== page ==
For the moment they family are surrounded by Serco guards and the Australian Border Force whom are keeping them under constant surveillance with body cameras. (A report last year by the Australian Human Rights Commission on the use of force in immigration detention has called for a public inquiry and recommended compensation be paid in multiple cases of abuse.)
The family had previously been living in detention in Melbourne for around 18 months after being bundled into vans from Biloela in a dawn raid and transported thousands of kilometers from their home. The removal happened despite the fact, Priya and her daughter still had legal avenues open to challenge their negative asylum finding. On this basis, the courts stop three attempts to deport the family in the last 18 months. Rather than allowing the family to return to Biloela while their legal appeals were heard, the government held them in detention, in damaging conditions for the children’s physical and mental development according to medical reports.
What justifies such cruel policies? Home Affairs Minister Peter Dutton who holds the portfolio of border security in an opinion piece (1 Sept 2019) made a range of justifications.
One was this punishment of the family was about stopping the boats and therefore saving lives at sea. The film Stop the Boats – the lie of saving lives at sea exposed this very falsehood. See at 25 min version below:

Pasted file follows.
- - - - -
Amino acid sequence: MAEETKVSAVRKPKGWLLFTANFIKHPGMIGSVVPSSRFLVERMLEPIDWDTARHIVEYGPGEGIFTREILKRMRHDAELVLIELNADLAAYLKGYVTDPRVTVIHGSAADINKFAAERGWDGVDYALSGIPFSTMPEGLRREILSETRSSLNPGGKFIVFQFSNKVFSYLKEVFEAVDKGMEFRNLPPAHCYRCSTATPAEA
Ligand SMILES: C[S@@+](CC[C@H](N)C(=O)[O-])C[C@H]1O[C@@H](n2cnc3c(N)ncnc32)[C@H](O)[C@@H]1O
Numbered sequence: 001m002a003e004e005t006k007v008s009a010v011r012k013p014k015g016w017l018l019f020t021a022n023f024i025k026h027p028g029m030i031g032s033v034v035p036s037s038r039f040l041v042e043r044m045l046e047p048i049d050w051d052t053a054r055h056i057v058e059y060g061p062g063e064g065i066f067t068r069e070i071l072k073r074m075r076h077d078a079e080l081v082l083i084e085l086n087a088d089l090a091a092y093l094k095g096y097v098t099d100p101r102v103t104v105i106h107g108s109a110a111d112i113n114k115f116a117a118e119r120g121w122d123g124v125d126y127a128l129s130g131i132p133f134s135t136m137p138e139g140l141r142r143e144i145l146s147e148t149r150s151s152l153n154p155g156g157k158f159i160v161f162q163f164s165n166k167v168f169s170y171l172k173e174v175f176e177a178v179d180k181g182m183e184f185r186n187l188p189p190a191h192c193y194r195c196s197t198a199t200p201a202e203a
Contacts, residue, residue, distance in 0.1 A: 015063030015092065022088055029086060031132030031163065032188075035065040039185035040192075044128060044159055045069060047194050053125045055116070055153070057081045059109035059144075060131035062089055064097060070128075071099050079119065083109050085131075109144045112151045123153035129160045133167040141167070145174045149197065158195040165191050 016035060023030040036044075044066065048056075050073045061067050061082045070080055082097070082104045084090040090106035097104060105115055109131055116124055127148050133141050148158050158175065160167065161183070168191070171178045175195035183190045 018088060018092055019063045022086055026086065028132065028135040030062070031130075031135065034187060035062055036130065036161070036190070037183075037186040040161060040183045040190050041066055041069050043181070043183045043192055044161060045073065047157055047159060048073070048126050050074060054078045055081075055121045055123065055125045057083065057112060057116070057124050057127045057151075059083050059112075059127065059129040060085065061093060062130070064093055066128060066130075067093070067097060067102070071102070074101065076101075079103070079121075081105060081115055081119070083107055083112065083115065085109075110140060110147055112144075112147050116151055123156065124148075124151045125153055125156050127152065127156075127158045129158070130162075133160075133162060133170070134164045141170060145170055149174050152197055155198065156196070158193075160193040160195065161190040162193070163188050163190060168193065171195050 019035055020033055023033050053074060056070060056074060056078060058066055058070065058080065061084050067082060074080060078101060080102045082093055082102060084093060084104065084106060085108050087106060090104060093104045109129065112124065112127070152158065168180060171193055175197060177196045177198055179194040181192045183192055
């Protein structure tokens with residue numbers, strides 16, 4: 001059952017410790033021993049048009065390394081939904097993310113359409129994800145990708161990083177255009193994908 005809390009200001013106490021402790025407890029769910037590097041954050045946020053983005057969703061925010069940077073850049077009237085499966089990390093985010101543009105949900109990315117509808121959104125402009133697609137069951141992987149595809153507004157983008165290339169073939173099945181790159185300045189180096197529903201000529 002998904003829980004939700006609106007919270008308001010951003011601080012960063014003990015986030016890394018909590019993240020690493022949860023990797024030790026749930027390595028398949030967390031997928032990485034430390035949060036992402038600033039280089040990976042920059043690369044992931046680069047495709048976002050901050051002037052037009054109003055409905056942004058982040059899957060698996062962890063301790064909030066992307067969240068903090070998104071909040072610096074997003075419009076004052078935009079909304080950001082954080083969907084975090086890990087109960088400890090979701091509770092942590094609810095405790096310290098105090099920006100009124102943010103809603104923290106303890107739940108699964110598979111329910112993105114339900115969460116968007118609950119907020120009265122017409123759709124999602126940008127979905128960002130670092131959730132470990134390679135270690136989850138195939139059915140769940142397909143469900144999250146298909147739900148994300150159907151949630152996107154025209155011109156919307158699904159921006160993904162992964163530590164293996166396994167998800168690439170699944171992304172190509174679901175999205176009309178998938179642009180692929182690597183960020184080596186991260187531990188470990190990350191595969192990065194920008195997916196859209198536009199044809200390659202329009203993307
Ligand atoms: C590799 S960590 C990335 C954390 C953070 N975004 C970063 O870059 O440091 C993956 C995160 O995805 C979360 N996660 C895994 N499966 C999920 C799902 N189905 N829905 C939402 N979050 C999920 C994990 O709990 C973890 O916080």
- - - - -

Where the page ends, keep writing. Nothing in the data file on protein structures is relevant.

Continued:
(Read more about our campaign to resettle the Andika refugees featured in this film here)
Tamils “have been accepted back by a democratically elected inclusive Government“
Home Affairs Minister Peter Dutton also made the claim that it was safe for the Eelam Tamils to return: “The civil war in Sri Lanka is now over and Tamils from around the world have returned to their country and have been accepted back by a democratically elected inclusive Government.”
The appointment of Shavendra Silva, the commander of the 58th division of the army in 2009, to chief of the army last year was an example that the abusers of the Tamils have remained continuously in power, even after the so-called “regime change” in 2015. However the facade of ‘regime change’ has collapsed with the election of Gotabaya Rajapaksa, former defence secretary, as President late last year.
The character of the Sri Lankan state and its armed forces that the Tamils are so fearful of was graphically revealed in the Permanent Peoples’ Tribunal on Sri Lanka in 2010 at the Dublin session and in 2013 at the Bremen session. Some of the evidence of the conduct of Gotabaya’s army and Shavendra Silva’s 58 division in 2009, is presented below (the content on all of these video’s are of a disturbing nature):